5 Tips to make healthy choices through the stress of Thanksgiving.
By Allison Nichols, Health Coach
So. You’re hosting Thanksgiving dinner. Mom, Dad, Your sister, her husband, their 3 kids, Great Aunt Mabel and your next door neighbor are all coming. You’ve planned an elaborate meal complete with 26 pound turkey and all of the trimmings. Your plan for place cards, appetizers and three different pies looks good on paper, but now that you’re actually starting to put it together, you’re getting a little overwhelmed.
We all want Thanksgiving to be special—a time to cherish your family and spread your gratitude. Often what we deem as “special” turns out to be WAY more work than we intended. What was once going to be a joyful celebration with family turns into a stressful kitchen nightmare.
When you’re stressed and trying to do everything for everyone, the first thing you forget to do is to take care of yourself. You’re pulled in so many different directions that it’s impossible to stay centered and to make nourishing choices for yourself—especially when it comes to food. Before you know it, you’ve eaten three slices of pumpkin pie…and the turkey isn’t even out of the oven!
Stress eating, or emotional eating, is the number one coping mechanism employed over the holiday season. Not only is this time surprisingly stressful, you’re constantly confronted with seasonal goodies making the healthy choices harder to make.
Here are 5 tips to continue to make good food choices through the stress of Thanksgiving Day: how to turn stress eating into healthy eating.
Forego the cheeseball and crackers for baby carrots and veggie slices. If you feel the need to munch while you cook, reach for the veggie appetizers—the crunch of baby carrots and bell peppers can be surprisingly satisfying. When you’re in a stress snacking mood, go for the veggies over the dense Thanksgiving apps. Not only will you feel less full at dinner time, you’ll have covered your vegetable bases for the day.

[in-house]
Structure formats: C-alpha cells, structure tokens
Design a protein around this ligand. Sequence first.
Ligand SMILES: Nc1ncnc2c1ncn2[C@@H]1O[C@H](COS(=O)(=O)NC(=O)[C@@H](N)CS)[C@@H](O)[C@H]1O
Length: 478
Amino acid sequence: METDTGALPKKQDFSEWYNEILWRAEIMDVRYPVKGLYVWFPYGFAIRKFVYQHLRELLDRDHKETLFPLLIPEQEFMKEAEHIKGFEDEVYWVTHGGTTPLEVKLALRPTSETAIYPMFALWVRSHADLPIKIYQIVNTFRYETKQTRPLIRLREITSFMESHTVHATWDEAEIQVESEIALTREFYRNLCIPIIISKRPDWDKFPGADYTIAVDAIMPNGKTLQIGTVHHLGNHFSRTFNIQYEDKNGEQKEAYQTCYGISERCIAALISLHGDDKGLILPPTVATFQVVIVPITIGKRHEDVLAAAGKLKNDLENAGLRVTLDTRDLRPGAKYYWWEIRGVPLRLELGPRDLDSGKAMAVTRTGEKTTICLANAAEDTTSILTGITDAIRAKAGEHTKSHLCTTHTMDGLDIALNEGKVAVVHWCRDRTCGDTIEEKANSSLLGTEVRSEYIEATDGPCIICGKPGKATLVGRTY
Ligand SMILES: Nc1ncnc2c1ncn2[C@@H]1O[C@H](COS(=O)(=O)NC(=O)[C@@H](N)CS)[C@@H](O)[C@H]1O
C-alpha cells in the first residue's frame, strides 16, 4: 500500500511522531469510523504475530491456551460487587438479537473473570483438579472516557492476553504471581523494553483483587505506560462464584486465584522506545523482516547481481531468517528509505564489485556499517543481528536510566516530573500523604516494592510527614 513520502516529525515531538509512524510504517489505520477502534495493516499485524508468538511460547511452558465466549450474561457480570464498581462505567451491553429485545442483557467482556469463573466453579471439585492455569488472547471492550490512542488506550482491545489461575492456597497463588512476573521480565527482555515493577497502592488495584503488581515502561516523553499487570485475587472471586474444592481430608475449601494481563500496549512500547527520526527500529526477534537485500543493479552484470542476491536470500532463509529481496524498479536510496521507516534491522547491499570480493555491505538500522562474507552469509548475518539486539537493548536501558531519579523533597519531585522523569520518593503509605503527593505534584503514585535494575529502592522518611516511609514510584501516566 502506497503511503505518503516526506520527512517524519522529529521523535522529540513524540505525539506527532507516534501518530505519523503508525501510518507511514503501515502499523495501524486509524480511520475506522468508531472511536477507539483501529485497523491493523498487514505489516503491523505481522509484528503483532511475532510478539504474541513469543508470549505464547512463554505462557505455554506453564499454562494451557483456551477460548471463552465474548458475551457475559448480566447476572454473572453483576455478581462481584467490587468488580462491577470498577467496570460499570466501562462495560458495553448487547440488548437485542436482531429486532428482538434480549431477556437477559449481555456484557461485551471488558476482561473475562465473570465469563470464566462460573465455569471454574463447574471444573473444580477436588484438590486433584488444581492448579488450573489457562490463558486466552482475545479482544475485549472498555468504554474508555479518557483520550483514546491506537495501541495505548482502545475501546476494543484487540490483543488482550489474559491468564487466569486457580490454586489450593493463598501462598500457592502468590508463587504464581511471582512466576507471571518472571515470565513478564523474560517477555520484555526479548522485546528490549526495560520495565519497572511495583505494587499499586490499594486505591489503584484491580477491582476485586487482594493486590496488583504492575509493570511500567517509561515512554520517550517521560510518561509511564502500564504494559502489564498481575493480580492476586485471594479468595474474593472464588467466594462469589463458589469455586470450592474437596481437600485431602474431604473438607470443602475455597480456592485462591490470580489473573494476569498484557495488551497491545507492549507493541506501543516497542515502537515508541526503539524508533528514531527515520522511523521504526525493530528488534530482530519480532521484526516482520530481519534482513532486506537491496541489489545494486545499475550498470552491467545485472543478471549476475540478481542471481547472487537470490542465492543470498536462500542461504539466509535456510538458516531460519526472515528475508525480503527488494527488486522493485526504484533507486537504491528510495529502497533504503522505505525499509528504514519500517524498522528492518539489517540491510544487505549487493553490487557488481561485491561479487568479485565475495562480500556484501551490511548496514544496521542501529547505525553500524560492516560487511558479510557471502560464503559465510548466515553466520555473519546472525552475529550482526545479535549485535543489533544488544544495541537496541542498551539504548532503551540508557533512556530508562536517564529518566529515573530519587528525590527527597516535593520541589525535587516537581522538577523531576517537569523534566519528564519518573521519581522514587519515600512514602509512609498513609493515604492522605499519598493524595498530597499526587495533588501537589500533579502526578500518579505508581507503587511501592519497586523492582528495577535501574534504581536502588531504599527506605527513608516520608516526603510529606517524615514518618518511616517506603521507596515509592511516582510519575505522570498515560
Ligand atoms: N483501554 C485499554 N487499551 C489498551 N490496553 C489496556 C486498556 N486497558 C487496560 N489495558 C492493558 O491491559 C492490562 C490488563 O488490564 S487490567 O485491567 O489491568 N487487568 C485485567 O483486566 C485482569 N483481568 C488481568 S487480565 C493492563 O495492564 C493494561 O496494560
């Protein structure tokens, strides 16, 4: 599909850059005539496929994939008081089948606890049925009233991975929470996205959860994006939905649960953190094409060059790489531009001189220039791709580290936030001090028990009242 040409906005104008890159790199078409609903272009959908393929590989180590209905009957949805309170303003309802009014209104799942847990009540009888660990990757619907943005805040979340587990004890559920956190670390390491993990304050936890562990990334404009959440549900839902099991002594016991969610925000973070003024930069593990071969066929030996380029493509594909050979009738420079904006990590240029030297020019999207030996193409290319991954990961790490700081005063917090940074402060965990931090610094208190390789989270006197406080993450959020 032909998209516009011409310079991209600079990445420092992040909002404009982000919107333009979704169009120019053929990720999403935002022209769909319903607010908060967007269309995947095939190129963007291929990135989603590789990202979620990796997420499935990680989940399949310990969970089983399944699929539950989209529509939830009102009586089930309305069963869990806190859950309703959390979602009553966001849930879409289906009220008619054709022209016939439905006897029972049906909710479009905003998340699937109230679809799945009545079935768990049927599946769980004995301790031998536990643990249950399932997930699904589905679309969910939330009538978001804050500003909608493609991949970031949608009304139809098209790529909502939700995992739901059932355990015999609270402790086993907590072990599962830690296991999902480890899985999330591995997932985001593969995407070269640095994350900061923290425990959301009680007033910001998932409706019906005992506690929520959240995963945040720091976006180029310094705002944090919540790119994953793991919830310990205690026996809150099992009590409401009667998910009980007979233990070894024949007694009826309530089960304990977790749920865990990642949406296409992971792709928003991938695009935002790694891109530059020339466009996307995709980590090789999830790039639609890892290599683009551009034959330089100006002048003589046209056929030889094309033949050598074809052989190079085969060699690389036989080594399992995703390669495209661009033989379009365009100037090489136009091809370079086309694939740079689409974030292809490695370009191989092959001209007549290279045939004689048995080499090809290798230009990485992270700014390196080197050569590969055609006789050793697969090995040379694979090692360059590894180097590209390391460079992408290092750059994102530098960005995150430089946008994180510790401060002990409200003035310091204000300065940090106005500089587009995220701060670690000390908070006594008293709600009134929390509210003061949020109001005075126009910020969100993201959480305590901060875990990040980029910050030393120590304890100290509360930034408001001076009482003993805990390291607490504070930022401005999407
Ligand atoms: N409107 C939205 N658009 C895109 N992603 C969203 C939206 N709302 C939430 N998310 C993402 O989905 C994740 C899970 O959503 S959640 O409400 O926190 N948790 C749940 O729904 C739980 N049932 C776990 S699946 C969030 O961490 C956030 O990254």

Load up on Turkey and sweet potatoes. Pile your place high with delicious turkey and vegetables—centering your meal around protein will ensure that you feel full and satisfied longer. Filling up on protein will also help you feel lighter and more energetic after your Thanksgiving meal. Prioritze the turkey (you spent all day making it, afterall), and then add the stuffing, sweet potatoes and green beans.
Plan health-i-fied desserts. Of course you’re going to have dessert on Thanksgiving! No Turkey Day would be complete without a slice of pumpkin pie. This year, plan some healthy desserts to put out with your traditional desserts: an edible arrangement made of fruit, or gluten-free pumpkin pie sweetened with maple syrup. This way, when you have that slice (or two or three) of pie, you’re still making a healthier choice.
Remember: Thanksgiving always tastes better on Black Friday. Don’t be afraid to stop eating when you’re full: that turkey isn’t going anywhere. Just because it’s a special meal doesn’t mean you need to eat until you’re totally stuffed. Listen to your inner body cues and strive to stop eating when you’re just full enough to be satisfied. You can always go back for seconds later if you want them.
Be forgiving of your indulgences. After all is said and done, Thanksgiving is a special day and we tend to eat differently on special days. If you end up eating lots of cheeseball, green bean casserole, and pie, don’t worry too much about it. Be forgiving: in the long run, one day of unusual eating will not affect how long it takes you to reach your weight loss goals. Acknowledge your indulgences and choose to move forward.
With these 5 tips, you’re all set to make the healthy stress-eating choices this Thanksgiving. Surround yourself with healthy foods, and don’t worry too much about eating on the big day—Thanksgiving is ultimately about sharing a meal with family and friends.
Allison is a Certified Holistic Health and Nutrition Counselor. She specializes in working with individuals to cultivate a carefree relationship with food, and to have more vibrant, natural energy by transitioning to a whole food diet.